•As Sector generates only N7 billion in 13 years
By Christiana Ekpa
The House of Representatives yesterday vowed to withdraw license from Lottery Operators over what it described as non- remittance.
This was even as the Acting Executive Secretary of the National Lottery Trust Fund, Bello Maigari told members of the House of Representatives that out of the estimated revenue target of N1.5trillion, the sector was able to generate just N7billion in 13 years.
Speaking before the House Committee on Inter-Governmental Affairs yesterday, Maigari cited lack of effective regulation in the industry as a major factor hindering improved revenue drive.
The lawmakers wondered why the agency, National Lottery Regulatory Commission, charged with the responsibility of setting standards for operators had consistently been found wanting with regards to ensuring compliance by operators in the area of remittances to government.
Just like Maigari of the NLTF, they also blamed weak regulatory oversight for the shortfall, whilst wondering why out of the expected revenue benchmark of N1.5trillion, only N7billion has been realized in 13years, leaving the balance of 1.493trn in the hands of operators.
Maigari had in his presentation told the panel that “The Nigerian lottery market, according to industry experts, is the most attractive market in the whole of Africa”.
He said, “The industry is worth over N1.5trillion as we speak, adding that “lottery and gaming businesses have continued to florish without proper regulation”.
While noting that lottery has significantly contributed to the gross domestic product of many countries across the continent, Maigari added that about 7.5million and 22million Nigerians engage in lottery and sport betting daily.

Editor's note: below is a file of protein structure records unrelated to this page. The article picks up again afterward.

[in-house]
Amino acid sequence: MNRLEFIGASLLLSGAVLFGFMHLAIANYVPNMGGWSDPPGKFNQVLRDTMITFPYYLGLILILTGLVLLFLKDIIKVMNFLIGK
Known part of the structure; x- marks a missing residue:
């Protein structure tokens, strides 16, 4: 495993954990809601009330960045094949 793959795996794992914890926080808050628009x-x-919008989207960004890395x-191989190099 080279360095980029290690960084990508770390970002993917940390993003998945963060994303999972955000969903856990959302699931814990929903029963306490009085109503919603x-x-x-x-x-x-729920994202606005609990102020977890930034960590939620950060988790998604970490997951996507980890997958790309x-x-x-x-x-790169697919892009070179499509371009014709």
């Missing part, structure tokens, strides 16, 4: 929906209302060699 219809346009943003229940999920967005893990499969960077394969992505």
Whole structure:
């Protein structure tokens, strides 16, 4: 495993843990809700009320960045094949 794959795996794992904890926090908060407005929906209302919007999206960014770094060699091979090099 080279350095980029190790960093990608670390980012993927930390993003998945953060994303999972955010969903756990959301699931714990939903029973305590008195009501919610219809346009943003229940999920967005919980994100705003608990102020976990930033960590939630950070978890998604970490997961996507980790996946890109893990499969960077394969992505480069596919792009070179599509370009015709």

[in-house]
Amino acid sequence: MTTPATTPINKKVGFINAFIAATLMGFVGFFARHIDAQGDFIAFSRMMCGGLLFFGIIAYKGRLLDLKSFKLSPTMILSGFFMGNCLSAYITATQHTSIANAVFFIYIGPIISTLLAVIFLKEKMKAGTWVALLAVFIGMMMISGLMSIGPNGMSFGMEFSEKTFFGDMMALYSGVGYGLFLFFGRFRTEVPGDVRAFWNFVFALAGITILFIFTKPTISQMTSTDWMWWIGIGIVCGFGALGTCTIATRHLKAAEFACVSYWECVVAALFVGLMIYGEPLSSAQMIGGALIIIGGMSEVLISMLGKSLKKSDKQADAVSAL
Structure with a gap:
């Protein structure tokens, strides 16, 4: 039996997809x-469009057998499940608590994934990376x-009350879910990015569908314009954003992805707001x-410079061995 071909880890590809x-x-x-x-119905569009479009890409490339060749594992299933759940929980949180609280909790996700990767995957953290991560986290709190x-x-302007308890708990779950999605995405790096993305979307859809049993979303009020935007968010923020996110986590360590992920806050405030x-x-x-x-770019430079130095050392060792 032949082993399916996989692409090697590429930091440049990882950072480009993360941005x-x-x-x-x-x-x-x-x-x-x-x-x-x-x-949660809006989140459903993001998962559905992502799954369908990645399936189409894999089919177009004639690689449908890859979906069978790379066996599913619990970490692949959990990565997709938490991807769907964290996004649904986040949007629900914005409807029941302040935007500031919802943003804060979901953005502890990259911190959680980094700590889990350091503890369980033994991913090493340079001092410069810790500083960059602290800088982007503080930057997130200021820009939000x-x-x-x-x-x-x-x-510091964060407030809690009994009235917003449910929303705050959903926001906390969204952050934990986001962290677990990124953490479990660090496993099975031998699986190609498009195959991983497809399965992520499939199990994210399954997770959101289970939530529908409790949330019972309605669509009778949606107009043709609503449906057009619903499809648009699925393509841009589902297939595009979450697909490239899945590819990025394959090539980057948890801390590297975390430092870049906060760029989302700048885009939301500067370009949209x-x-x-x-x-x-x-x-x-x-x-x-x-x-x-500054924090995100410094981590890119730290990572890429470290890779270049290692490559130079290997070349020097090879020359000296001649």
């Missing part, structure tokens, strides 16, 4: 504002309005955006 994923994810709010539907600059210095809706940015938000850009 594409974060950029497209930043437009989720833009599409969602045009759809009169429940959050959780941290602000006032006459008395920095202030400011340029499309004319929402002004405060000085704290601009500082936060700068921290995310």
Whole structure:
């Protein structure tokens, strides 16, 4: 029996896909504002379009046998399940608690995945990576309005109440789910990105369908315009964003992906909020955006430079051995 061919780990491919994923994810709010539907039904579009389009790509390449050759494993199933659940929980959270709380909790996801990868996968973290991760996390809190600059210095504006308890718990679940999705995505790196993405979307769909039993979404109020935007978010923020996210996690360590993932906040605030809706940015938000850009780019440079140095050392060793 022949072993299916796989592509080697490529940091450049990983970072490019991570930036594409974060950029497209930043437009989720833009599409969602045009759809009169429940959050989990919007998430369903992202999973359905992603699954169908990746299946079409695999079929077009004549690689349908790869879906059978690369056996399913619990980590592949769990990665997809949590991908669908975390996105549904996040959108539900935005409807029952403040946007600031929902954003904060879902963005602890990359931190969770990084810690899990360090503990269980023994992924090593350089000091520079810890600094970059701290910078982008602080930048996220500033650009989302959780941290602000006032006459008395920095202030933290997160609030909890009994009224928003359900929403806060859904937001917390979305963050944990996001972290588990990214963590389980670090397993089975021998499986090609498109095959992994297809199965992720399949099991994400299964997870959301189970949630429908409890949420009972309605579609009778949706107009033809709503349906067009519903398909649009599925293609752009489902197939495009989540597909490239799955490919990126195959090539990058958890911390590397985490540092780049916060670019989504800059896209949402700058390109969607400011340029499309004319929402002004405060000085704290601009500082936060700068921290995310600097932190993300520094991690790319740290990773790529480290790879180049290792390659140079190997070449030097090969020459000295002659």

“Records at our disposal indicates that cumulative returns of about 5 years stood at about 7.2billion and this is unacceptable in a nation with so much potential like Nigeria,” he said.
He cited conflict of interest, sharp practices, sabotage among others as factors militating against the revenue growth from the industry in Nigeria, thus giving dubious businessmen and agents the latitude to undermine government interest.
Speaking to the issues raised earlier, the Director General of NLRC, Mr. Lanre Gbajabiamila noted that his commission has a lot of work to do in bringing the sector to an acceptable pedestal, comparable to international standard. He however lamented the outdated status of lottery laws in Nigeria.
“A lot has been said from the speeches of the chairman and Mr. Speaker which I concur with, and we still have lots of work to do, as our laws are outdated and need to be re-jigged.
“We need this House, especially the committee, to help us in updating the lottery and gaming laws; they are outdated and a lot of things are going on out there that need to be tapped into using enabling legislations.
“However, as regulators, we are putting some checks and balances in place as the way the industry was run before wasn’t proper,” he disclosed.
Not satisfied with his explanations, members of the committee led by Hon. Hussaini Sulaiman Kangiwa (APC, Kebbi) demanded explanations as to the derth of regulation leading to the shoddy state of affairs in the sector.
Speaker Yakubu Dogara, had in his keynote address rated the lottery sector high after oil and gas, Customs and Excise, as well as the Federal Inland Revenue Service in terms of income generation.
“I want to place on record that after oil and gas, Customs and Excise and the FIRS, lottery and gaming falls within the class of high income generating activities for the economy,” Dogara said.
Asked how many licensed operators are currently running the sector, Gbajabiamila who took office as DG 9 months ago said the commission recommended 21 operators to President Muhammadu Buhari for approval, which he granted, thus bringing the number of current operators to 21.
But members insisted that the responsibility of making the sector work lies with effective regulatory framework which sets adequate standard for operators to abide by.